Board of Change learns of City's ambitious cycling and walking targets
Verbal abuse over these issues is par for the course for Jerry Dobrovolny: at public meetings and around kitchen tables, he's used to people swearing at him. Jerry isn't what you'd call a small man: he used to play CFL football for the Stampeders (their #1 draft pick in 1983), the Concordes, the Alouettes, and the RedBlacks.
Indeed, some have spit at Dobrovolny in public, and he's had a chair hurled at him. In that sense, he has something in common with Dwayne "The Rock" Johnson: both made the transition from CFL to getting hit by folding chairs.
Dobrovolny's presentation concluded with an artists' impression of a viaductless Eastern Core, replete with parkland. I couldn't help but notice that this image is not yet matched by any sort of coherent development plan beyond "tear down the viaducts and replace them with surface streets." Somebody's gonna have to get on that.
Will bikeshare work in Vancouver?
Vancouver law requires cyclists to wear helmets. This will surely dampen enthusiasm for bikeshare, since most of us tend not to carry around bicycle helmets without bicycles.
Washington, D.C. does not require adult cyclists to wear helmets. I found its bikeshare racks to be mostly (if not completely) empty in areas with higher local-resident concentration (such as Adams Morgan and U Street, as opposed to The Mall, where tourists would be less likely to fuggle around with the probably-alien system).
Sadhu Johnston conceded that Vancouver's helmet law is "a challenge for us", but suggested that helmet vending machines could encourage bikeshare use. In theory, a system that dispenses, accepts, and cleans rental helmets is a good one, but I'm not confident in its success in practice. My prediction is that bikeshare riders will simply ride helmetless and risk the fine (or the injury).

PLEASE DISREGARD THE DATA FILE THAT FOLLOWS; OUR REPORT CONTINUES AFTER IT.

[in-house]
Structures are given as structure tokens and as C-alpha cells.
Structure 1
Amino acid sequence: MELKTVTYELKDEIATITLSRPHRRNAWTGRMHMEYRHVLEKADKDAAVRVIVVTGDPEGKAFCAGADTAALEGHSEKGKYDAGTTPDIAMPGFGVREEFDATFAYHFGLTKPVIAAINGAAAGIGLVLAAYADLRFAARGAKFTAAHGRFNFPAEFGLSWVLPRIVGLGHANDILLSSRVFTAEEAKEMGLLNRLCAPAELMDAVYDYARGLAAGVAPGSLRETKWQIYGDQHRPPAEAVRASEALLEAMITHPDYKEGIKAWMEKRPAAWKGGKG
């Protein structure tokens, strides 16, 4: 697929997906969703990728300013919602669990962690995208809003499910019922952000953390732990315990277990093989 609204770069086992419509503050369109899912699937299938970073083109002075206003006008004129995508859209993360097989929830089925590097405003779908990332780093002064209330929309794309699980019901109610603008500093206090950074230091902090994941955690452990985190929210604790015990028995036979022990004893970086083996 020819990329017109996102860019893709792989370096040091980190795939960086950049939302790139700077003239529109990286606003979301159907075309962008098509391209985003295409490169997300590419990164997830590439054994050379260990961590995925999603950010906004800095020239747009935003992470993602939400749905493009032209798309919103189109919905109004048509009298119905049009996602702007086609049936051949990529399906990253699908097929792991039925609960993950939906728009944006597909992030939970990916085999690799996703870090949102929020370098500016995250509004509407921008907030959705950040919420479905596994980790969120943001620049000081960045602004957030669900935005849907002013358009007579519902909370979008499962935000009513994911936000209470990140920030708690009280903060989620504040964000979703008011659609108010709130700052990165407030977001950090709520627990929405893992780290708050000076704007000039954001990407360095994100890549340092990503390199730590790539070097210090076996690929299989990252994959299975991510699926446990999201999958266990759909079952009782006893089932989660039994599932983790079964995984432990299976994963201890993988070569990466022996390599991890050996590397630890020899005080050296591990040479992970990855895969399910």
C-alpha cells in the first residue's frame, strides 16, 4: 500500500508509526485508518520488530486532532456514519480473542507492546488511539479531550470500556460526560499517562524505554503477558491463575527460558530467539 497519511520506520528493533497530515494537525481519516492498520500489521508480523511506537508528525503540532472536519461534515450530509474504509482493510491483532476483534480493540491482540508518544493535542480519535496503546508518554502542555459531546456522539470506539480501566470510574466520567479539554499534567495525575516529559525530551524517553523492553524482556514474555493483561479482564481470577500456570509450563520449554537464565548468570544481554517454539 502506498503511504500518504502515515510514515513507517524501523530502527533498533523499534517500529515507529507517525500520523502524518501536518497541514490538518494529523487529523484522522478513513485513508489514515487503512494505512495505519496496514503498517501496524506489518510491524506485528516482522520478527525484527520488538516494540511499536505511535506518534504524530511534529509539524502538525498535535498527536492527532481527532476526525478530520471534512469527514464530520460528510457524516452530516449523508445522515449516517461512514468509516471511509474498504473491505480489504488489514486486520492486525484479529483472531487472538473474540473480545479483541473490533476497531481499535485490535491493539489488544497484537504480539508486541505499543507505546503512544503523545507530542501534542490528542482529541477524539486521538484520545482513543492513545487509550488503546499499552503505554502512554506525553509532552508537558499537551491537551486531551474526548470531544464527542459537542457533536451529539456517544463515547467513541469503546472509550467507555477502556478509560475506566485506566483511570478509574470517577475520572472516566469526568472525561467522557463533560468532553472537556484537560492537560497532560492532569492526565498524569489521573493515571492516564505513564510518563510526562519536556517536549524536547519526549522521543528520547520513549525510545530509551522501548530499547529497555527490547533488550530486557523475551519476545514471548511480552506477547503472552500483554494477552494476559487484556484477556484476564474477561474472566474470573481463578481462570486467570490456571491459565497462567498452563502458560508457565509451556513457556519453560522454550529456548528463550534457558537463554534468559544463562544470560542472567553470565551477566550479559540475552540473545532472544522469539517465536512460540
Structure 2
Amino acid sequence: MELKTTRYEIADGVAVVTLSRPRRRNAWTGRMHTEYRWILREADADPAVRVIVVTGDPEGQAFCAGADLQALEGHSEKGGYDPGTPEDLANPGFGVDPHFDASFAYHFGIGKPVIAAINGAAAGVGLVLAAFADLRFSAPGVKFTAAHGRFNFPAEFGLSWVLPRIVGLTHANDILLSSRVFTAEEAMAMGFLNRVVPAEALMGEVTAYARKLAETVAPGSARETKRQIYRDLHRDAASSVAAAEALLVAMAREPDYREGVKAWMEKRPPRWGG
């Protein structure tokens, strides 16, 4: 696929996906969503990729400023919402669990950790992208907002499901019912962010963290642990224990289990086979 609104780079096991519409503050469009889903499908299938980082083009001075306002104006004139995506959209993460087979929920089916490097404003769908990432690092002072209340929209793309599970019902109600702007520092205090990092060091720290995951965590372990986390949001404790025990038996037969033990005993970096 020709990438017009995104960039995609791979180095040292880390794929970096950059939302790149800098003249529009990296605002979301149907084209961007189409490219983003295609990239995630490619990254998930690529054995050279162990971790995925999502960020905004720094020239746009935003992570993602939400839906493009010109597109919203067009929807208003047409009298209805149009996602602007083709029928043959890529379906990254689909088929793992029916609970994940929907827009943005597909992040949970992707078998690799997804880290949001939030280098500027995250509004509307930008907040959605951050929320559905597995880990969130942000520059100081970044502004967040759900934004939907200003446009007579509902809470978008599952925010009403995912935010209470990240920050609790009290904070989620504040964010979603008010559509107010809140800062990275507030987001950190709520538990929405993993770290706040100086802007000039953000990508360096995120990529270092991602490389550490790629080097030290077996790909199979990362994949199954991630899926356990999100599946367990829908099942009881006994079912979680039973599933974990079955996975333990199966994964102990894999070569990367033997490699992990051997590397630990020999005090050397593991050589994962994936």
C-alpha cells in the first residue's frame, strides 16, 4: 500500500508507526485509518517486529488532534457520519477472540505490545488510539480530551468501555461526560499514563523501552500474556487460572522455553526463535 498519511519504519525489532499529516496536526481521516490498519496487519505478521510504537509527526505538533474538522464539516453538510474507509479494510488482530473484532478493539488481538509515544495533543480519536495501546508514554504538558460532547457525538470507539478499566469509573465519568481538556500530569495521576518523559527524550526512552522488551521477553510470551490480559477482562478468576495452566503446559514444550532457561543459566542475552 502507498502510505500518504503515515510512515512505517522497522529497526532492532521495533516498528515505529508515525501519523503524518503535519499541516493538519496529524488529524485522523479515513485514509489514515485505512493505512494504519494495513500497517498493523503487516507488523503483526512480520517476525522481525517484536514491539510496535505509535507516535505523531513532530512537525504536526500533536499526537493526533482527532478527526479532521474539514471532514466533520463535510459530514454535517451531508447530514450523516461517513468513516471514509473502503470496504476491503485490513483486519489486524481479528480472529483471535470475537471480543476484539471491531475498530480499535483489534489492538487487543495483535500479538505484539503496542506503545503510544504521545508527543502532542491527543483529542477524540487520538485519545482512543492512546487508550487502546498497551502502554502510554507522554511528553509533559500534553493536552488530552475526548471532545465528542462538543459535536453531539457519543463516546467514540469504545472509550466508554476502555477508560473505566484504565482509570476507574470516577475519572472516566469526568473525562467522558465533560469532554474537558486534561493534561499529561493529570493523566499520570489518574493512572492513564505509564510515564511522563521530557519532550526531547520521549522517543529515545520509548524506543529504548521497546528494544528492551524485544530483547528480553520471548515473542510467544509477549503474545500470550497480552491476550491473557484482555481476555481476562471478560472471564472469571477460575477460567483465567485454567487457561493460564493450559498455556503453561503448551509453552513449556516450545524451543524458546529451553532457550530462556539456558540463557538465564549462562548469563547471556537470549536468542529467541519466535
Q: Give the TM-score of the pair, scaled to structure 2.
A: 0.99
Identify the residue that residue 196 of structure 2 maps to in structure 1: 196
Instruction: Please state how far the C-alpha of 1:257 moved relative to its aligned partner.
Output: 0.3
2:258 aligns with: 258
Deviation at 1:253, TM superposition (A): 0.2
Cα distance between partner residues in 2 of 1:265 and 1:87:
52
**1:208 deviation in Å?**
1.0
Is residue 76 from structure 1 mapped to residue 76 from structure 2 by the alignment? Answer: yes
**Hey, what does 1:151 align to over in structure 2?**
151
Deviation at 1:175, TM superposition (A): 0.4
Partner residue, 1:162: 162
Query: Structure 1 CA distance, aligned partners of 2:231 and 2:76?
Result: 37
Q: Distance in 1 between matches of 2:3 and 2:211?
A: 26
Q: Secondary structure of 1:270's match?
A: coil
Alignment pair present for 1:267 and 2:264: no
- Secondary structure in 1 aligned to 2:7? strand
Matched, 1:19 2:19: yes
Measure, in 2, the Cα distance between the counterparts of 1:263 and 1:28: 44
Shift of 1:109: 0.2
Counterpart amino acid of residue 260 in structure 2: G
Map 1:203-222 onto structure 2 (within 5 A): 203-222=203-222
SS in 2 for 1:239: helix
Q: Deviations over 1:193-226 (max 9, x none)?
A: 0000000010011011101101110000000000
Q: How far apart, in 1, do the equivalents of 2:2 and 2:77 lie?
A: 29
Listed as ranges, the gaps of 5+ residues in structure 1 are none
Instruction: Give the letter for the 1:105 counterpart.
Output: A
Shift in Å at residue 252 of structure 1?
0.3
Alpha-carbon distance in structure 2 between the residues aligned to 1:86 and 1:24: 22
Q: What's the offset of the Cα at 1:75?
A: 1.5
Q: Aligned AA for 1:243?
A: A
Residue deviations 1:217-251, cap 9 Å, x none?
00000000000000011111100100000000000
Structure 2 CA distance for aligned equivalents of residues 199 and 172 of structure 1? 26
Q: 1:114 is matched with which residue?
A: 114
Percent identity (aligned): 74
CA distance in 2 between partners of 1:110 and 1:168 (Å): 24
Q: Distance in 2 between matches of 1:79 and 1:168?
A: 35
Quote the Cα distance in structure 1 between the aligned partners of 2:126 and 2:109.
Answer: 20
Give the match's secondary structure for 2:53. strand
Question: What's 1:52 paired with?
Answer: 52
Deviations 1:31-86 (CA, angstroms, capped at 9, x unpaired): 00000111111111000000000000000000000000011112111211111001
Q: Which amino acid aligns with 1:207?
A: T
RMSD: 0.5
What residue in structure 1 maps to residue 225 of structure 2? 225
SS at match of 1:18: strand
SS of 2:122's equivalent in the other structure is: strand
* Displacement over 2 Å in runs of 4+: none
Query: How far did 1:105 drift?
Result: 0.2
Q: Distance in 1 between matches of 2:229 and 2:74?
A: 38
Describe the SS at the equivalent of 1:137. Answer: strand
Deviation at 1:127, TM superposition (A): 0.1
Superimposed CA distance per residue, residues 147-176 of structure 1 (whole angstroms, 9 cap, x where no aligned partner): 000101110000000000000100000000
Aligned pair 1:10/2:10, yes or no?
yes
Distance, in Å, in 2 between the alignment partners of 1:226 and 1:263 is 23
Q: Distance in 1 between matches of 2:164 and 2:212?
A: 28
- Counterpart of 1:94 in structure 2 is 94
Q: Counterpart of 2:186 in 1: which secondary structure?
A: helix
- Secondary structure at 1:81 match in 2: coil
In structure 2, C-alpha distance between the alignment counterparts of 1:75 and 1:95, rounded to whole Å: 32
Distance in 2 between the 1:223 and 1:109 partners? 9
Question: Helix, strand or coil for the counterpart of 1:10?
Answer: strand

On June 26, the City Council will be hearing the latest iteration of the viaduct plan, as well as an update on Translink's regional strategy. July 10 will see a discussion of the Point Grey-Cornwall Active Transoprtation Project. The next Planning, Transportation and Environment meeting is scheduled for July 24.
City Hall is focusing on the downtown core for these projects, since that's where traffic is currently heaviest. However, it's not where people are moving. It's plain by now that intra-city migration is outward and not inward.
At some point, City Hall will have to consider the looming reality that tomorrow's Yaletown will be in Surrey; in other words, the downtown core will not always be as commuter-relevant as it is today.
That City Hall is actively planning for walkable urban zones is admirable, but I cannot help but notice that current real-estate development is forcing those workaday walkers towards the suburbs, between the costs of housing and child care. This might be a case of the left hand not knowing what the right hand is doing.
Let them eat cake
Oh, and it was Sadhu Johnston's birthday. His wife, Vancouver's very own Green Mama Manda Aufochs Gillespie, presented him with a massive carrot cake. Apparently it's his favorite. BoC director Monika Marcovici did a pretty good job of keeping the cake a secret.
As the attendees devoured Sadhu's cake with a voracity normally only seen on nature shows, we had a chance to mingle. Props to the recent transplants from Ireland and Brazil who showed up to get more involved in Vancouver's evolution. The more we know, the more powerful we can be as citizens.